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Why is India Failing to Provide Quality Education to All?

The ASER report shows that only 73.6% of youth aged 14-18 can read at least the standard II-level text.
Why Isn’t India Doing its Best to Educate Children of the Poor?

Representational Image. Image Courtesy: Flickr

ASER (Annual Status of Education Report) has been raising concern for the quality of education ever since they started assessing the status of children's enrolment and learning outcomes in rural India in 2005.

The first report highlighted an urgent need to improve the foundations of basic reading and arithmetic in the early grades of school, as a strong beginning is essential for building a solid foundation. In 2017, they focused on the 14-18 age group in their 'beyond-the basic' report. Revisiting the same age group in 2023, six years later, reveals the continuation of the same weak foundation among the youth ready to join the workforce.

ASER's 2023 report once again rings the alarm. The survey results show that only 73.6% of youth aged 14-18 can read at least standard II-level text. 45% exhibit basic proficiency in arithmetic, while the remainder must make up ground. There is no need to point out that a weak foundation ultimately culminates into poor employability.

Education is the first and the foremost input for human development. It is the foundation for realising the full potential of the demographic dividend on the route to a developed nation. For policymakers, it is an important tool to integrate the masses in the development process and accelerate the development process as it empowers people, encourages critical thinking, and cultivates a society capable of using its demographic advantage for collective growth and prosperity, all based on philosophical ideals of enlightenment and empowerment.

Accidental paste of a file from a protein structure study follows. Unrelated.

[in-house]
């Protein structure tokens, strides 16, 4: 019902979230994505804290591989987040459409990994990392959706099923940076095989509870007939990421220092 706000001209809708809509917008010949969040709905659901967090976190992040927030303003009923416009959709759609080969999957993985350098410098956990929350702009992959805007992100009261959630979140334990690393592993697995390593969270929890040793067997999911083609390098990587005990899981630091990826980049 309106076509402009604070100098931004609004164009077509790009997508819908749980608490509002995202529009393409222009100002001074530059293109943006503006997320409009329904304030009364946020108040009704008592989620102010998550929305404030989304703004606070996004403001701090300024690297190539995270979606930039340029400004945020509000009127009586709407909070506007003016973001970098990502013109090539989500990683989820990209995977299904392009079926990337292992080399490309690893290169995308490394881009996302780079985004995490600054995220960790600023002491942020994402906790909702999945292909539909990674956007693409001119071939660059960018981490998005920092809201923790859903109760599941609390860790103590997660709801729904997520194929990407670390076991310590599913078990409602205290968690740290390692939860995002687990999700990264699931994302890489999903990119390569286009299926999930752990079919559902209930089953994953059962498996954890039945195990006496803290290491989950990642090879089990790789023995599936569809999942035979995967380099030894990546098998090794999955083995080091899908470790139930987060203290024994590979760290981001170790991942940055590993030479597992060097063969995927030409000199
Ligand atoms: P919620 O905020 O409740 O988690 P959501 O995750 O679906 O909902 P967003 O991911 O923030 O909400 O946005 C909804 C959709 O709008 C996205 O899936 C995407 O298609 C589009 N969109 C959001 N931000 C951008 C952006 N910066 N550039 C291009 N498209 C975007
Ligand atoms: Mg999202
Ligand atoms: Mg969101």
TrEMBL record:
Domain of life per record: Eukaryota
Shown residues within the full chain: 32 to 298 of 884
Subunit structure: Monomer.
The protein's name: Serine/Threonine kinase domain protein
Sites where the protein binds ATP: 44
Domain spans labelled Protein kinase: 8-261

For individuals, education is supposed to improve their skills and consequently provide better employment opportunities, a chance that every individual looks forward to improve their lives. In that sense, it is a basic tool for millions of people to improve their social and economic status. It gives hope to break the shackles of ignorance and poverty.

So, a benevolent government is expected to prioritise education to support the masses in overcoming deeply rooted societal discrimination. Then why is it that we, collectively as a society and a state, are continually failing to establish a system that ensures good quality education for all? Why is the education that is supposed to facilitate a level playing field for all widening the gap?

In a market economy, supply responds to the demand pressures. In the case of education, demand emerges from two important sources. One, students and their parents and two, the employment providers. For many in the rural area, this is the first generation to reach secondary education. For them, any education is good education. They do not have the privilege to question the quality of education and its futility. Because of this demand, the number of schools and colleges has increased, and the enrolment rate has improved significantly.